Jahiliyya's martyr
Sunday, March 21, 2004

When asked to choose their President for the next four years, Taiwanese awarded Chen Shui-bian a narrow victory and, consequently, a second mandate. However, in the days running up to the elections, Shui-bian surely saw his referendum on Chinese missiles and on the territory’s relations with mainland China as the biggest challenge of all to come. Polls showed an optimistic scenario regarding his re-election possibilities, something that was being dealt with unease by the Chinese authorities, who were firmly backing Kuomintang’s candidate Lien Chan moderate approach towards nationalism and were, moreover, apprehensive about the possibility of an adverse referendum result in Taiwan.
Still, it was the failed assassination attempt of Shui-bian and of his vice-president Anette Lu in the former Taiwanese capital city Tainan on elections’ eve that definitely influenced the electoral journey and, some argue, the choices made by the Taiwanese. That’s why the possibility of it having been a marketing operation masterminded by Shui-bian’s team instantly came up, its oddity notwithstanding. Surely, the idea that both would have been easy targets even for a mildly experienced sniper and also the much criticized fact that Shui-bian has put his men in charge of investigations add to that possibility, but an orchestrated scene seems absurd. Sticking a bullet between Shui-bian’s flesh and shirt definitely seems risky as an option, especially when aiming at the driver’s window or the car’s front lights would have produced almost the same impact on voters’ minds.
In the midst of perplexity, other possibilities were put forward, such as an operation sponsored by the fearful neighbours from mainland China or an isolated and desperate act from a disillusioned Taiwanese citizen. For all the rationality such a scheme would bear, the former doesn’t seem to match China’s Communist Party recent tactics for dealing with adversities of this kind; the latter looks undoubtedly more suitable as an explanation for what happened in Tainan, especially when taking Shui-bian’s economic underperformance and ever intensifying nationalist verbosity into account.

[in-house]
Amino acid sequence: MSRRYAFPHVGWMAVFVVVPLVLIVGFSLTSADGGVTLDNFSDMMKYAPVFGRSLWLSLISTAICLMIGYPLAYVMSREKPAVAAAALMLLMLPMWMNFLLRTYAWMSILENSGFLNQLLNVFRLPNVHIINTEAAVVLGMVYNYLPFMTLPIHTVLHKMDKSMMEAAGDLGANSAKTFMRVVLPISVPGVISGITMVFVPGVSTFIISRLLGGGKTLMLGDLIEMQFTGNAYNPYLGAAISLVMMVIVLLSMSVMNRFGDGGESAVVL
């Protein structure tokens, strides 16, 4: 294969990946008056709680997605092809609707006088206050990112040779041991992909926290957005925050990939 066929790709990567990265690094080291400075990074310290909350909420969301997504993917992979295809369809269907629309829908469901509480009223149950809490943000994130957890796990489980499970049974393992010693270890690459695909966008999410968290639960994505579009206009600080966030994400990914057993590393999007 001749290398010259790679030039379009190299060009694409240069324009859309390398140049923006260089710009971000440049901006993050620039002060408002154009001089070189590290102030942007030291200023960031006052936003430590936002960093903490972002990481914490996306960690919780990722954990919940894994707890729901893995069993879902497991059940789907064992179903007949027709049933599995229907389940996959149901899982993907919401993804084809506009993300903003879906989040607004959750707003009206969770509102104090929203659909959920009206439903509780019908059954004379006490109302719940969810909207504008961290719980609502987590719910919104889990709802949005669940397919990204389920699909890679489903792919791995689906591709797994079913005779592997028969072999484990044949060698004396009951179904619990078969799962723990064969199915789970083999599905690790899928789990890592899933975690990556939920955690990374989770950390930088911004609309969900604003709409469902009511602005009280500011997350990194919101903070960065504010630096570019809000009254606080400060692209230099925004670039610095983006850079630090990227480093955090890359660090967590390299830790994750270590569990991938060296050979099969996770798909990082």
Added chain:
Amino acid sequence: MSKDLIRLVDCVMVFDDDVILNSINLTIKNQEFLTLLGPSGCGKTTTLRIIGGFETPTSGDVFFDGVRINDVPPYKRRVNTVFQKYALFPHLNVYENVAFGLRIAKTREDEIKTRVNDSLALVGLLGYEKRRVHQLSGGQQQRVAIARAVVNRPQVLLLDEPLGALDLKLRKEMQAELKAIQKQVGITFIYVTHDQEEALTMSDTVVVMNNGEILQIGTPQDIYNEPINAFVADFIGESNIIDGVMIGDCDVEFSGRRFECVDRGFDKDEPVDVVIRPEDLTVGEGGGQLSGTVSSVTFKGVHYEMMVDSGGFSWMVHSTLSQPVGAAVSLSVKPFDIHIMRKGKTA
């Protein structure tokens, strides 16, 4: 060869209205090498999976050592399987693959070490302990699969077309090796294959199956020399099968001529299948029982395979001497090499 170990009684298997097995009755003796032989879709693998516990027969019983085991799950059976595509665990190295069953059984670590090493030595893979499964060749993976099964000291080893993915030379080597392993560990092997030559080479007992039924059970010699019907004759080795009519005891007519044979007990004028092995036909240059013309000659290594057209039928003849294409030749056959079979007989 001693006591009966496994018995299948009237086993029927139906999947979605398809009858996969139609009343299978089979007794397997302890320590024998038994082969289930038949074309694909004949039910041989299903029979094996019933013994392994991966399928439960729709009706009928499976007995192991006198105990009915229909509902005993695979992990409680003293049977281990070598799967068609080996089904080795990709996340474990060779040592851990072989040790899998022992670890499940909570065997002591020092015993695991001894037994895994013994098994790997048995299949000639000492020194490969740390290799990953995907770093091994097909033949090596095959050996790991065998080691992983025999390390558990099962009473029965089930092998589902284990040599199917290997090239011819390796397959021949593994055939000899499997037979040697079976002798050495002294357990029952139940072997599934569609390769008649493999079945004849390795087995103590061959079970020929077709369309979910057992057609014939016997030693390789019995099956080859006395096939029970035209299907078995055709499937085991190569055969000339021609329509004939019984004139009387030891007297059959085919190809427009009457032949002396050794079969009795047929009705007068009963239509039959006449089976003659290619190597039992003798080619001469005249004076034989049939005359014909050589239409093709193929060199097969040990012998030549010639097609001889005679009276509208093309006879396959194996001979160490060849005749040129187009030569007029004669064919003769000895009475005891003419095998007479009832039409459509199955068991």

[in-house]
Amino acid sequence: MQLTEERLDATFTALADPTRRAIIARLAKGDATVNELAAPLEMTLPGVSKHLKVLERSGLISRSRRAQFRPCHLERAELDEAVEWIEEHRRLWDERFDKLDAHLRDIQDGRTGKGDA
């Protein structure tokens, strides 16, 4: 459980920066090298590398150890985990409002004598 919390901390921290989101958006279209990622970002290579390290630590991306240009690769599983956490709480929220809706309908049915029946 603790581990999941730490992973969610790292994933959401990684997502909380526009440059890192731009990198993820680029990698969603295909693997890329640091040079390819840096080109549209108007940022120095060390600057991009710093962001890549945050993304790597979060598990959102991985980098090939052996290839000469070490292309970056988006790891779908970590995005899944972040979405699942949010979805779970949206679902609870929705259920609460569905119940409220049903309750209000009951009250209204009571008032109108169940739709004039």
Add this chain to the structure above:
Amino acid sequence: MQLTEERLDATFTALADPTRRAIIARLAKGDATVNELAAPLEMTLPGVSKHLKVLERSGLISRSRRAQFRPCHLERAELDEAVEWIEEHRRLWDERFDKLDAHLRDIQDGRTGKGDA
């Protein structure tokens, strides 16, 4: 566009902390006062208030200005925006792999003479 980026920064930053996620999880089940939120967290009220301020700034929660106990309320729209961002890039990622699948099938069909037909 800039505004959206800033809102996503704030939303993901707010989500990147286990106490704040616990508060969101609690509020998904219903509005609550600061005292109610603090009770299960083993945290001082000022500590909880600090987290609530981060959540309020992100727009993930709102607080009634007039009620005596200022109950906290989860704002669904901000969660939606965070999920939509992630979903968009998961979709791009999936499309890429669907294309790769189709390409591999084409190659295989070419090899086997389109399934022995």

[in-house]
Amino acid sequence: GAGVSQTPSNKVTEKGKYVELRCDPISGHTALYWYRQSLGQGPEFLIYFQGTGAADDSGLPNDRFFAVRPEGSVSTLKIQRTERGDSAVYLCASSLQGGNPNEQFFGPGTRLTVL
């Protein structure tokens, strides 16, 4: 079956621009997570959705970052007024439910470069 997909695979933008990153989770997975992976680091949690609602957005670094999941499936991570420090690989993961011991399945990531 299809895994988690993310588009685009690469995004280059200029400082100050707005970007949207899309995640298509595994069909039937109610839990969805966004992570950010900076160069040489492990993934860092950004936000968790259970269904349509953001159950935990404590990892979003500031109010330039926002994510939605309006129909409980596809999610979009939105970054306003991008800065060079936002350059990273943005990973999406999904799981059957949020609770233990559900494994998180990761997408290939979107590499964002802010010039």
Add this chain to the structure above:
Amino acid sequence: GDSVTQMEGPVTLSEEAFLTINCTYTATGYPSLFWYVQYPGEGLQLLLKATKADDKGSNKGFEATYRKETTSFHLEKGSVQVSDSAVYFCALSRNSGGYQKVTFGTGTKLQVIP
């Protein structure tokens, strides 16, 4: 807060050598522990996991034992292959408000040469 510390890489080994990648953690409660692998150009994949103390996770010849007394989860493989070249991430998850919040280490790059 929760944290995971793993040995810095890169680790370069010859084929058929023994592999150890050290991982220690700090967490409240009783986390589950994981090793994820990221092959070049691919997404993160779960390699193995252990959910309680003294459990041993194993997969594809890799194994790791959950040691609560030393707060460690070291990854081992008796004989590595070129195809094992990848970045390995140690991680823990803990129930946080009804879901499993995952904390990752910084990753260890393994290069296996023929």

Putting this unprecedented assassination attempt aside, it is important to understand that what was at stake in these elections was much more than just getting to know the identity of the president for the coming mandate. In this sense, a serious analysis should focus, not only on Taiwanese domestic politics, but also – and perhaps most interestingly – on the consequences regarding the international scenario that could derive from choosing either Shui-bian or Chan as President.
A first level of analysis, therefore, would take us into acknowledging the electoral clash of two utmost different personal profiles and projects: on the one hand, the nationalist and populist way of provocation-prone Shui-bian; on the other hand, the pacifist and so to say moderate agenda of Chan. Since his surprise election as President of Taiwan in 2000 and though he has never clearly stated his desire of getting through with full independence, Shui-bian was at all times seen as an obstacle to any kind of agreement falling short of this ‘status quo’. This stance would certainly be softened were Chan to win the election.